The FCC proposed a fine of $25,000 against a manufacturer of fluorescent lighting fixtures.
Wait a minute. Lighting fixtures? Well, sure, the FCC regulates radio transmitters. And digital devices, which produce radio waves as a by-product that can interfere with communications. But lighting fixtures? Will the bathroom plumbing be next?
In fact fluorescent fixtures are a frequent source of radio interference. We reported on three such cases a few years ago, all making trouble for 4G providers in the 700 MHz band: this order, this one, and this one. In those instances the FCC asked the occupants of premises that used the light fixtures to replace them. Although it is illegal to operate any device that causes radio interference, even a light fixture, the occupants were in no danger of fines or imprisonment if they cooperated.
Everything is more complicated than it seems, even fluorescent lights. They all can malfunction in ways that cause interference, but one category poses a special risk: it intentionally generates radio-frequency energy to excite the gas in the tube and create light. This puts it in a class of devices the FCC calls “Industrial, Scientific, and Medical,” or ISM for short, which use radio waves to change the properties of materials – for example, by heating them. (Microwave ovens are also ISM devices.) The FCC has set aside certain frequency bands in which ISM equipment can produce unlimited amounts of power. The FCC nonetheless regulates these devices for their emissions outside the ISM bands. The procedures are not particularly onerous: testing, labeling and record retention, but no submissions to the FCC. The entire procedure is self-administered. The FCC label indicates the device has been tested for compliance with the limits for radio-frequency emissions, which in turn means the device is unlikely to cause interference.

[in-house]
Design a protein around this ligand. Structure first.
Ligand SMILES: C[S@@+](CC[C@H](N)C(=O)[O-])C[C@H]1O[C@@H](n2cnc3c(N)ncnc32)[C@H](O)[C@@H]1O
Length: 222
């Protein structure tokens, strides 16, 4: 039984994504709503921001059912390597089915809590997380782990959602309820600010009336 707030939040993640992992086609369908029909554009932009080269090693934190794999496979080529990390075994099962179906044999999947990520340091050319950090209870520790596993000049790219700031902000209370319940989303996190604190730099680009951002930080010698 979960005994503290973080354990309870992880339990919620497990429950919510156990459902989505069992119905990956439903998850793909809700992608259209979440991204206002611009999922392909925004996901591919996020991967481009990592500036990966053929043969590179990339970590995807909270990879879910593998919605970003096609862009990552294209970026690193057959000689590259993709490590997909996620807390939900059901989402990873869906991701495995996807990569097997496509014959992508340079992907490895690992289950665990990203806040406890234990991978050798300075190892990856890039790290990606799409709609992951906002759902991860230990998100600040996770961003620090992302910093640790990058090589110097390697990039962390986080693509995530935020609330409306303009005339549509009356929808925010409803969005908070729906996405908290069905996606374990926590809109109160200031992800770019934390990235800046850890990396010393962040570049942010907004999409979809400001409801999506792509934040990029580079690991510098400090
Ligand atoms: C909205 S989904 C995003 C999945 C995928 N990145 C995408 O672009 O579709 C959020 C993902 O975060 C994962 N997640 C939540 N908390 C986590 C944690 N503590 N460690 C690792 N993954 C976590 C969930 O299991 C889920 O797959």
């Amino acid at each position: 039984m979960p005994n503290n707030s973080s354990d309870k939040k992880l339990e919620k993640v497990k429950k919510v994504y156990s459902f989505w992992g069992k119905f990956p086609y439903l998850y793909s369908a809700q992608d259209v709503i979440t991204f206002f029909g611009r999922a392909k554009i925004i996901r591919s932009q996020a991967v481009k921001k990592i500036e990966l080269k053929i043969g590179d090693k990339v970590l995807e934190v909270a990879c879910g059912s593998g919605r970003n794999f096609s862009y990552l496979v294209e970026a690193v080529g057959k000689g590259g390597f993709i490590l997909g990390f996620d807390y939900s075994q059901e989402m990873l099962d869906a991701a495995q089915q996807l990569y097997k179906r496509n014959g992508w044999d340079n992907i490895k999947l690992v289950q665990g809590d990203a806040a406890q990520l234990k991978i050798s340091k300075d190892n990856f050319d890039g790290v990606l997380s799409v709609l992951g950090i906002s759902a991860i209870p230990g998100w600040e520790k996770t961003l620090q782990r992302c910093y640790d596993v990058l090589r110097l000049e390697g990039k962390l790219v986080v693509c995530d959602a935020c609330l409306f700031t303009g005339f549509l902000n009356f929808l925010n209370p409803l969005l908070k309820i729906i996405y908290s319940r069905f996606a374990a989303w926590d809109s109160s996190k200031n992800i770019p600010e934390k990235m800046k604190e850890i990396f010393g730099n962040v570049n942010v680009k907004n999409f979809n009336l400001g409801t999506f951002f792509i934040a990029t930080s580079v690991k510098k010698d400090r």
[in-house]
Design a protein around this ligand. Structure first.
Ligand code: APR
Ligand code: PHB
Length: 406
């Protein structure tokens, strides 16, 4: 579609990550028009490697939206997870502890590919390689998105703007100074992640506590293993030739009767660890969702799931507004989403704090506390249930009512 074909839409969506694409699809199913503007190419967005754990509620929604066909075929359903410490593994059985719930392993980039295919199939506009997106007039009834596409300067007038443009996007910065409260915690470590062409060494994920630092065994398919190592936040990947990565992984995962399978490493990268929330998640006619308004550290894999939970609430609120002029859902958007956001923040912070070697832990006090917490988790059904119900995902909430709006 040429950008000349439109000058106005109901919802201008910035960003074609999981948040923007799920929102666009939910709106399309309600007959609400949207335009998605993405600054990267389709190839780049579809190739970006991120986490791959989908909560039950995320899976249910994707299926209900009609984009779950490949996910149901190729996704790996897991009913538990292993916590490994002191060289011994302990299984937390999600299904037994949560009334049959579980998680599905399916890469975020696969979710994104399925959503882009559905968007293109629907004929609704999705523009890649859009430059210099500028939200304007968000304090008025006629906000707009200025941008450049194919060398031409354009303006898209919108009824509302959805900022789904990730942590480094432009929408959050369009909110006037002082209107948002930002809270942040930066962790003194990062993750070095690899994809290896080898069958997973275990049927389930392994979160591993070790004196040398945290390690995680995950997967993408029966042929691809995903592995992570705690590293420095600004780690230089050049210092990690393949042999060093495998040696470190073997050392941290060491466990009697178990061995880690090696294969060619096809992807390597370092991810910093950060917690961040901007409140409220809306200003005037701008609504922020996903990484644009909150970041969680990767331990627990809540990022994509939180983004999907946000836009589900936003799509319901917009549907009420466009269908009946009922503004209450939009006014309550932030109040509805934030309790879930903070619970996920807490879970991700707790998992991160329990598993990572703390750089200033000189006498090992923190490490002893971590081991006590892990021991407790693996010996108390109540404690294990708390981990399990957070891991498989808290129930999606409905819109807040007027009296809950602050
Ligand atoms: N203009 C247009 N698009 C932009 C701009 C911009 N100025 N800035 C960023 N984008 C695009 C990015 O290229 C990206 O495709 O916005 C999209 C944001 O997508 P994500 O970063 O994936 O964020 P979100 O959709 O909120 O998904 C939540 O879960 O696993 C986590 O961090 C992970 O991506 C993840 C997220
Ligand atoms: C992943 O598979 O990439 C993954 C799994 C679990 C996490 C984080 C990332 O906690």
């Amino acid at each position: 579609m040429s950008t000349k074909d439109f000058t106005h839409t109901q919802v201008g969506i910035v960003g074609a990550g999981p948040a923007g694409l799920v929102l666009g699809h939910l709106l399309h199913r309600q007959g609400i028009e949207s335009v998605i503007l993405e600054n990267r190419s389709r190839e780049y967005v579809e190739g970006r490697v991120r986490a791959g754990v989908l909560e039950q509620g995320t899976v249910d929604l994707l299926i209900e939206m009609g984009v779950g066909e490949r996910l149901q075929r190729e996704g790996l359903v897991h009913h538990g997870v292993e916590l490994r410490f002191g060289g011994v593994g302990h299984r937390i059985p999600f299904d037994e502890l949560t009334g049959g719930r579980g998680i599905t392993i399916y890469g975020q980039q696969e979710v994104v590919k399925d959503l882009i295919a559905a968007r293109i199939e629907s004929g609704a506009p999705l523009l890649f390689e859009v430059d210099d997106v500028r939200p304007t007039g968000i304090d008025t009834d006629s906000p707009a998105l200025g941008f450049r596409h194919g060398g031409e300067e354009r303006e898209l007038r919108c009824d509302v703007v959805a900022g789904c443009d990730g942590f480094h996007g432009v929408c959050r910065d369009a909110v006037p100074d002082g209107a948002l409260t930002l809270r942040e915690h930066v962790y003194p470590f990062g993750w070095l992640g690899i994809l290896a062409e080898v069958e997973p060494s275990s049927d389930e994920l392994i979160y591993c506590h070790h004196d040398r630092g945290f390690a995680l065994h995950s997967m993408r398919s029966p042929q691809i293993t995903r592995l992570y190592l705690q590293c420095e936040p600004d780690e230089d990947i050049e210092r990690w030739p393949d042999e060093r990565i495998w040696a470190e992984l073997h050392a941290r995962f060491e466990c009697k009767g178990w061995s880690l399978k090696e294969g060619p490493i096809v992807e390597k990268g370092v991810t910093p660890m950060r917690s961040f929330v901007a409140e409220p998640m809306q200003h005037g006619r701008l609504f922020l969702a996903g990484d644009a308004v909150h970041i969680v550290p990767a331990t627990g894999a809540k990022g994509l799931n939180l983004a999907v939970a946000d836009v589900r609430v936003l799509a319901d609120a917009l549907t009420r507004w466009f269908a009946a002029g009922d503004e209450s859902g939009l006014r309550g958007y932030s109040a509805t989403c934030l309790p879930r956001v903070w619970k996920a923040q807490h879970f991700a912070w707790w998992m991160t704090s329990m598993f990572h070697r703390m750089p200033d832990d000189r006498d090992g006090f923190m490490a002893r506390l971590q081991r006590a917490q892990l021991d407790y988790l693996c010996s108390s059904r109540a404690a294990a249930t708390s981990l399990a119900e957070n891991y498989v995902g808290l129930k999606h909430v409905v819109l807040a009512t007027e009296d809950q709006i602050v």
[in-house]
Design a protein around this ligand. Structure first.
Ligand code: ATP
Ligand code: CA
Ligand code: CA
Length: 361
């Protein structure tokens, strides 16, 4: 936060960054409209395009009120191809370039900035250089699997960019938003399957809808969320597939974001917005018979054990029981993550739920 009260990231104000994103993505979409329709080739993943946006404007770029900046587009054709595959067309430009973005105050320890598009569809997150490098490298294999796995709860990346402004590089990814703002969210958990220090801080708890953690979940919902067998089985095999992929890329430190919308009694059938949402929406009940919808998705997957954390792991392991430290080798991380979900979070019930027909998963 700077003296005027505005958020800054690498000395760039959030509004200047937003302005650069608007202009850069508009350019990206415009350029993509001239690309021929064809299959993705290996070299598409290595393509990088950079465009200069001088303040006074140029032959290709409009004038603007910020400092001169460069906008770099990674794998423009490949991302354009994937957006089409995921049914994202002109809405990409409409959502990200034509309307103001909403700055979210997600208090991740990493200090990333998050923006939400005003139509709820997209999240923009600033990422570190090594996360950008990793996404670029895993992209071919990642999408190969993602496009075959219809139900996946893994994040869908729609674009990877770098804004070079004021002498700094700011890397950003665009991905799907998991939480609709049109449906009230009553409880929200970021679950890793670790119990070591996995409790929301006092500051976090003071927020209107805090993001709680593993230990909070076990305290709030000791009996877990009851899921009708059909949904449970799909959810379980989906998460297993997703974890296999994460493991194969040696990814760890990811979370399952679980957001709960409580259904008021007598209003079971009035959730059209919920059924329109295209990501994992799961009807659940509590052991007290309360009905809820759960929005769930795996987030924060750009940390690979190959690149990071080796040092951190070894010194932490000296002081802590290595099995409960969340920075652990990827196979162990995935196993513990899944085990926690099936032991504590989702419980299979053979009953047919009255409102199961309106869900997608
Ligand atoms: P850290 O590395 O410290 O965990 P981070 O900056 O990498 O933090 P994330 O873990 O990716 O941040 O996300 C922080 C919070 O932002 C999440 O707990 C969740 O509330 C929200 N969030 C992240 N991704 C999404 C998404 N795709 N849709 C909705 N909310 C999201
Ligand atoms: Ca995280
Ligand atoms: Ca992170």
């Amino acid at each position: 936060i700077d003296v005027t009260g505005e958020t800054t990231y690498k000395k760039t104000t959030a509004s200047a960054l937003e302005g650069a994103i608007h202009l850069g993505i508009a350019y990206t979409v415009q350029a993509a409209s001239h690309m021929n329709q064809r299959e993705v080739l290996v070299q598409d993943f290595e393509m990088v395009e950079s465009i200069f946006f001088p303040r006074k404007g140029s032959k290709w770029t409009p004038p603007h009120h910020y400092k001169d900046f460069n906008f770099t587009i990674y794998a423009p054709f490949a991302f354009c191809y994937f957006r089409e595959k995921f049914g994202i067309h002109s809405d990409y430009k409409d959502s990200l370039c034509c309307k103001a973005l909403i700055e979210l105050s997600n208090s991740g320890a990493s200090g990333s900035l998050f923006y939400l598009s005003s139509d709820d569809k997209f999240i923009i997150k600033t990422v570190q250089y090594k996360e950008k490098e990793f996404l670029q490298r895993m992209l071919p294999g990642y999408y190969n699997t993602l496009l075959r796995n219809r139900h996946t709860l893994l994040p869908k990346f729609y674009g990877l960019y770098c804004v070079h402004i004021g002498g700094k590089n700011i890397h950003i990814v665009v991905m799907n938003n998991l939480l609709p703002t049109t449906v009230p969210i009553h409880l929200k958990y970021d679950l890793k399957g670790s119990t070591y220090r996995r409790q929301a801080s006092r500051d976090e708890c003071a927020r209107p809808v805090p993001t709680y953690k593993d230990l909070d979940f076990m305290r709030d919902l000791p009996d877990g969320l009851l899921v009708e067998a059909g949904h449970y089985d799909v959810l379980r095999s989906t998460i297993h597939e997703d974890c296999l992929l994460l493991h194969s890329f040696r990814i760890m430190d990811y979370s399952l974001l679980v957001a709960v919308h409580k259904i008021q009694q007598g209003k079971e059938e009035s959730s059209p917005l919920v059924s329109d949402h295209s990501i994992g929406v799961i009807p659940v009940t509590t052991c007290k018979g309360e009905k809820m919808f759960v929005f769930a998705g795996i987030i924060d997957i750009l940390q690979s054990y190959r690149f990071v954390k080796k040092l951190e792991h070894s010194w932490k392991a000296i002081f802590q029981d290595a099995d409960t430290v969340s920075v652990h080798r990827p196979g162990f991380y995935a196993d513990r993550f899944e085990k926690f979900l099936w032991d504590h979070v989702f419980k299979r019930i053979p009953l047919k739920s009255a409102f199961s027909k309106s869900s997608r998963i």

Apparently, though, a manufacturer of lighting fixtures called Acuity Brands, Inc. did not get the memo. The FCC received reports of interference related to the company’s products and found they lacked the required labeling. The interference itself is not a rules violation, but the missing label is. The company compounded its problems by continuing to sell unlabeled units after hearing from the FCC. The result: a proposed fine of $25,000. Acuity can request a reduction or cancellation.
Nowadays even devices that carry out the simplest functions may have the potential to cause radio interference, leading to trouble with the FCC. To avoid a fine, at the very least, manufacturers should find out whether their products require FCC procedures. Not knowing can become expensive.